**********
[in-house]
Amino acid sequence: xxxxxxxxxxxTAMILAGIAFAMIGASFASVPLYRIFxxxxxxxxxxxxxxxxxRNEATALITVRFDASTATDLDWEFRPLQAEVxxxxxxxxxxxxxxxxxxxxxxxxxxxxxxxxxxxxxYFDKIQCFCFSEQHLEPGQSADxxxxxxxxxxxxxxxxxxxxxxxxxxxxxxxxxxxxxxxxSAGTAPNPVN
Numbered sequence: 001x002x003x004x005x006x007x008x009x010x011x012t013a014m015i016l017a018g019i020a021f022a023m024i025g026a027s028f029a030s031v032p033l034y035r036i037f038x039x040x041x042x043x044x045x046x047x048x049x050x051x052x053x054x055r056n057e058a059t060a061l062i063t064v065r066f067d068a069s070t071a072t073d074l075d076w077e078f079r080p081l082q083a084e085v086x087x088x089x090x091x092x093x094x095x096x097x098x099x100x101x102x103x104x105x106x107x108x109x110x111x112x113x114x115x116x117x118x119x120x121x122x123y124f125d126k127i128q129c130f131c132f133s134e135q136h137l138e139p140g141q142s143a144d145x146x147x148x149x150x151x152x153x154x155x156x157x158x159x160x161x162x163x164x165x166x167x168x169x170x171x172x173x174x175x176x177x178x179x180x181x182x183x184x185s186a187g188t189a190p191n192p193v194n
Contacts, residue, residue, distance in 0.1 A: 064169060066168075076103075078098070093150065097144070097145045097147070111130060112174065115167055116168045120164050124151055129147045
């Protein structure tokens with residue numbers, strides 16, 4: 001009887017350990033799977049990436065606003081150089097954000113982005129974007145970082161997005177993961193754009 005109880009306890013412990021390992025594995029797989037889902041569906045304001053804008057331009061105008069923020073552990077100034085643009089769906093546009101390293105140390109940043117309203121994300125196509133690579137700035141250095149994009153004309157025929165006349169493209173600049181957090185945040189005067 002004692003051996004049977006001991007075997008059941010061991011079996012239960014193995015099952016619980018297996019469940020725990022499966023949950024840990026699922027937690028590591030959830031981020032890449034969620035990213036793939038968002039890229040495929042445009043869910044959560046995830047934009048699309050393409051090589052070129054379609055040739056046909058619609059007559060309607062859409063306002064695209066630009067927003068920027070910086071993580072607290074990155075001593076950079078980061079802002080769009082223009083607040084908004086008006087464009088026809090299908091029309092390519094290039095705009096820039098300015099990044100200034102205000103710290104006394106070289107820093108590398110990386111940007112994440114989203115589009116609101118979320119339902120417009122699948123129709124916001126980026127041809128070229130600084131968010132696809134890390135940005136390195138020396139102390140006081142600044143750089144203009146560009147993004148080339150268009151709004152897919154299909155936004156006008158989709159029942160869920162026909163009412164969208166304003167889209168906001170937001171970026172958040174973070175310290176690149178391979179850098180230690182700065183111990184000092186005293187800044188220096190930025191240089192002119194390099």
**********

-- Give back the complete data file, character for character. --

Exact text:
[in-house]
Amino acid sequence: xxxxxxxxxxxTAMILAGIAFAMIGASFASVPLYRIFxxxxxxxxxxxxxxxxxRNEATALITVRFDASTATDLDWEFRPLQAEVxxxxxxxxxxxxxxxxxxxxxxxxxxxxxxxxxxxxxYFDKIQCFCFSEQHLEPGQSADxxxxxxxxxxxxxxxxxxxxxxxxxxxxxxxxxxxxxxxxSAGTAPNPVN
Numbered sequence: 001x002x003x004x005x006x007x008x009x010x011x012t013a014m015i016l017a018g019i020a021f022a023m024i025g026a027s028f029a030s031v032p033l034y035r036i037f038x039x040x041x042x043x044x045x046x047x048x049x050x051x052x053x054x055r056n057e058a059t060a061l062i063t064v065r066f067d068a069s070t071a072t073d074l075d076w077e078f079r080p081l082q083a084e085v086x087x088x089x090x091x092x093x094x095x096x097x098x099x100x101x102x103x104x105x106x107x108x109x110x111x112x113x114x115x116x117x118x119x120x121x122x123y124f125d126k127i128q129c130f131c132f133s134e135q136h137l138e139p140g141q142s143a144d145x146x147x148x149x150x151x152x153x154x155x156x157x158x159x160x161x162x163x164x165x166x167x168x169x170x171x172x173x174x175x176x177x178x179x180x181x182x183x184x185s186a187g188t189a190p191n192p193v194n
Contacts, residue, residue, distance in 0.1 A: 064169060066168075076103075078098070093150065097144070097145045097147070111130060112174065115167055116168045120164050124151055129147045
């Protein structure tokens with residue numbers, strides 16, 4: 001009887017350990033799977049990436065606003081150089097954000113982005129974007145970082161997005177993961193754009 005109880009306890013412990021390992025594995029797989037889902041569906045304001053804008057331009061105008069923020073552990077100034085643009089769906093546009101390293105140390109940043117309203121994300125196509133690579137700035141250095149994009153004309157025929165006349169493209173600049181957090185945040189005067 002004692003051996004049977006001991007075997008059941010061991011079996012239960014193995015099952016619980018297996019469940020725990022499966023949950024840990026699922027937690028590591030959830031981020032890449034969620035990213036793939038968002039890229040495929042445009043869910044959560046995830047934009048699309050393409051090589052070129054379609055040739056046909058619609059007559060309607062859409063306002064695209066630009067927003068920027070910086071993580072607290074990155075001593076950079078980061079802002080769009082223009083607040084908004086008006087464009088026809090299908091029309092390519094290039095705009096820039098300015099990044100200034102205000103710290104006394106070289107820093108590398110990386111940007112994440114989203115589009116609101118979320119339902120417009122699948123129709124916001126980026127041809128070229130600084131968010132696809134890390135940005136390195138020396139102390140006081142600044143750089144203009146560009147993004148080339150268009151709004152897919154299909155936004156006008158989709159029942160869920162026909163009412164969208166304003167889209168906001170937001171970026172958040174973070175310290176690149178391979179850098180230690182700065183111990184000092186005293187800044188220096190930025191240089192002119194390099």